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James Earl Reid

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NEWS
June 6, 1989 | From Associated Press
The Supreme Court, in a victory for artists and authors, ruled Monday that a homeless-rights group is not the exclusive owner of the copyright to a sculpture it commissioned an artist to create. The 9-0 decision (CCNV vs. Reid, 88-293) ordered further lower court hearings to determine whether the Community for Creative Non-Violence and its founder, Mitch Snyder, may share in the copyright of a work entitled "Third World America," which depicts the plight of the homeless. Justice Thurgood Marshall, writing for the court, said the sculpture is a "work made for hire" and, therefore, its creator, James Earl Reid of Baltimore, must at least share in the copyright.
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NEWS
June 6, 1989 | From Associated Press
The Supreme Court, in a victory for artists and authors, ruled Monday that a homeless-rights group is not the exclusive owner of the copyright to a sculpture it commissioned an artist to create. The 9-0 decision (CCNV vs. Reid, 88-293) ordered further lower court hearings to determine whether the Community for Creative Non-Violence and its founder, Mitch Snyder, may share in the copyright of a work entitled "Third World America," which depicts the plight of the homeless. Justice Thurgood Marshall, writing for the court, said the sculpture is a "work made for hire" and, therefore, its creator, James Earl Reid of Baltimore, must at least share in the copyright.
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ENTERTAINMENT
February 12, 1989 | SUZANNE MUCHNIC
Who owns the copyright to an artwork--the artist who created it or the group that commissioned it? The question will be answered in an upcoming U.S. Supreme Court case that could be a bonanza for free-lance creators and a disaster for business. Community for Creative Nonviolence vs. Reid may sound like a street fight between an advocacy group for the homeless and a sculptor from Baltimore.
ENTERTAINMENT
February 12, 1989 | SUZANNE MUCHNIC
Who owns the copyright to an artwork--the artist who created it or the group that commissioned it? The question will be answered in an upcoming U.S. Supreme Court case that could be a bonanza for free-lance creators and a disaster for business. Community for Creative Nonviolence vs. Reid may sound like a street fight between an advocacy group for the homeless and a sculptor from Baltimore.
NEWS
November 26, 1985 | Associated Press
A statue decribed as a "modern Nativity scene" that depicts a homeless family huddled on a steam grate has been rejected by the National Park Service for display in the annual Pageant of Peace on the Ellipse. The pageant committee considered the scene inappropriate for the annual display at the foot of the national Christmas tree behind the White House, Park Service spokeswoman Sandra Alley said today.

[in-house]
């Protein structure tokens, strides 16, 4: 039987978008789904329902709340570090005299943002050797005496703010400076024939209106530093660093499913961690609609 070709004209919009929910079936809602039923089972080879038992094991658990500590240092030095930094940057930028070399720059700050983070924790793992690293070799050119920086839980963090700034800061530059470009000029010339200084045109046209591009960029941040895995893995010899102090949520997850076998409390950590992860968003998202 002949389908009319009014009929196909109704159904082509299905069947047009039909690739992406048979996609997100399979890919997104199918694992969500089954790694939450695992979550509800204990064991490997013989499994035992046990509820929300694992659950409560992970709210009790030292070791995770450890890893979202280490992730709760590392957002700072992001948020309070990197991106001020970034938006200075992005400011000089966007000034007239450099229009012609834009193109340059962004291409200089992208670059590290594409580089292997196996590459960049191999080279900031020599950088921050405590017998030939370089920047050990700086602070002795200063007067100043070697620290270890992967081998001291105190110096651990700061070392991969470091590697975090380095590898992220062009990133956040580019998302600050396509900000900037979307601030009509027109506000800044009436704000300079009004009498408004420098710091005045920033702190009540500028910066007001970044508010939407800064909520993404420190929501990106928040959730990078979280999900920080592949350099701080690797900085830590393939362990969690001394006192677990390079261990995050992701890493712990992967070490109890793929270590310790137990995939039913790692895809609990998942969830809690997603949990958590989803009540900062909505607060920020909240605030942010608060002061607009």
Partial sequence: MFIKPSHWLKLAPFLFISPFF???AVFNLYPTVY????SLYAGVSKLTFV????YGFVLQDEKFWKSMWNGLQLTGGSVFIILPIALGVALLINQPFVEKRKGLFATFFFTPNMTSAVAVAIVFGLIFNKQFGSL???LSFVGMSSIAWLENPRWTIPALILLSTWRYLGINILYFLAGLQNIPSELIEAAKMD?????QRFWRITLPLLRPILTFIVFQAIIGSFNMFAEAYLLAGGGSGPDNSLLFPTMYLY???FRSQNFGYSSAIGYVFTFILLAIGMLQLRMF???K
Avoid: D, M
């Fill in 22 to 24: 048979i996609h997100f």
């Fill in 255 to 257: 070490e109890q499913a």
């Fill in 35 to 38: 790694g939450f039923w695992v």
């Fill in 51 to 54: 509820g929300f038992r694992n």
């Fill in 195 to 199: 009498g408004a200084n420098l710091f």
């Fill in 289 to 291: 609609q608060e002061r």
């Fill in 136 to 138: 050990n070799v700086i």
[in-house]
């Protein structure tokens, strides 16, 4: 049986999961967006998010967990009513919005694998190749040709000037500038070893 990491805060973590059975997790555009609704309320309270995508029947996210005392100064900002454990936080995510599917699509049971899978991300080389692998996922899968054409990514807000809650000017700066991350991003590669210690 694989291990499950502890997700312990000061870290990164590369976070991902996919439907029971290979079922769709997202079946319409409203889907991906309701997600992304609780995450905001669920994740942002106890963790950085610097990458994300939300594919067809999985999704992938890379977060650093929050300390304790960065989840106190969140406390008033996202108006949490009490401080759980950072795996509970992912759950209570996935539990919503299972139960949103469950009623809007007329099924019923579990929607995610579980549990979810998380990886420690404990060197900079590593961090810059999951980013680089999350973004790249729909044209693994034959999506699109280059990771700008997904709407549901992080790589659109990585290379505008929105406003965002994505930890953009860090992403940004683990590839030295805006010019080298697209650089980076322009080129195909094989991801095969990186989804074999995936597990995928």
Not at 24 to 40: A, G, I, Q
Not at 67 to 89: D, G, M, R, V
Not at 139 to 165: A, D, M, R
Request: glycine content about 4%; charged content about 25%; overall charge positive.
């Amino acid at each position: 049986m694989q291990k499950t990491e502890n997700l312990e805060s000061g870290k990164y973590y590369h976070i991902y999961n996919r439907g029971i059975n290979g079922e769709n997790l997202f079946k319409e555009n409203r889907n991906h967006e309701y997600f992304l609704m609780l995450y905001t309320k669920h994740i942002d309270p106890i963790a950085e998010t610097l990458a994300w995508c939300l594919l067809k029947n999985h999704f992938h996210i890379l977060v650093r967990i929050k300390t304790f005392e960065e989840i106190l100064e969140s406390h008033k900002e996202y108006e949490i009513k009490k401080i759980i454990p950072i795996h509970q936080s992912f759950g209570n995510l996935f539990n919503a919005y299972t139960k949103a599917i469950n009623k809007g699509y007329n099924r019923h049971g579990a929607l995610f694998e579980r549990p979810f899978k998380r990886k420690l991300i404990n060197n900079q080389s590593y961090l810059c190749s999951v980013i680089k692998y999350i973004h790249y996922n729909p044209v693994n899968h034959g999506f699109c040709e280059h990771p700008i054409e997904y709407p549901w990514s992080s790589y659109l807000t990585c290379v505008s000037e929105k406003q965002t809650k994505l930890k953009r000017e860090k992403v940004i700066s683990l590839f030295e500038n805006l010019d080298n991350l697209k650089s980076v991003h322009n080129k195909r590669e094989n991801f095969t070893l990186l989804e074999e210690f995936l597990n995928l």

ENTERTAINMENT
June 7, 1989 | Arts and entertainment reports from The Times, national and international news services and the nation's press
The Supreme Court order this week for lower court hearings to determine whether artist James Earl Reid must share the copyright to an artwork with the homeless-rights agency that commissioned it is likely to end in a settlement instead of trial, Reid's attorney Joshua Kaufman said Tuesday. "My client doesn't have the wherewithal for another trial and the Community for Creative Non-Violence doesn't have an interest in the legal issues, so I'm hoping to settle the case," the Washington attorney said.
NEWS
June 5, 1989 | From Associated Press
The Supreme Court today dealt a blow to minorities who say they are victims of on-the-job discrimination, making it easier for employers to refute claims of racial bias based on statistical evidence. By a 5-4 vote, the justices overturned a ruling that favored Filipinos, Alaska natives and Asians employed at Alaska salmon canneries. The justices ordered further lower court hearings in the case. In a sharply worded dissent, Justice John Paul Stevens said the ruling "retreats" from 18 years of court decisions aimed at helping minorities who are victimized by discrimination that may be unintentional.
CALIFORNIA | LOCAL
November 20, 1989 | CHARLES THIESEN and BARBARA BECKWITH, Charles Thiesen is chairman and Barbara Beckwith is administrative director of the Boston local of the National Writers Union. and
The recent merger of Time Inc. and Warner Communications is part of an alarming trend, the escalating conglomeration of the media. Time baldly predicted this year in its annual report that "by the mid-1990s, the media-entertainment industry will consist of a handful of vertically integrated worldwide giants. Time Inc. (now Time/Warner) will be one of them. Recent history and the Time/Warner merger support the prediction. Ten years ago, 50 firms controlled half the U.S. media.
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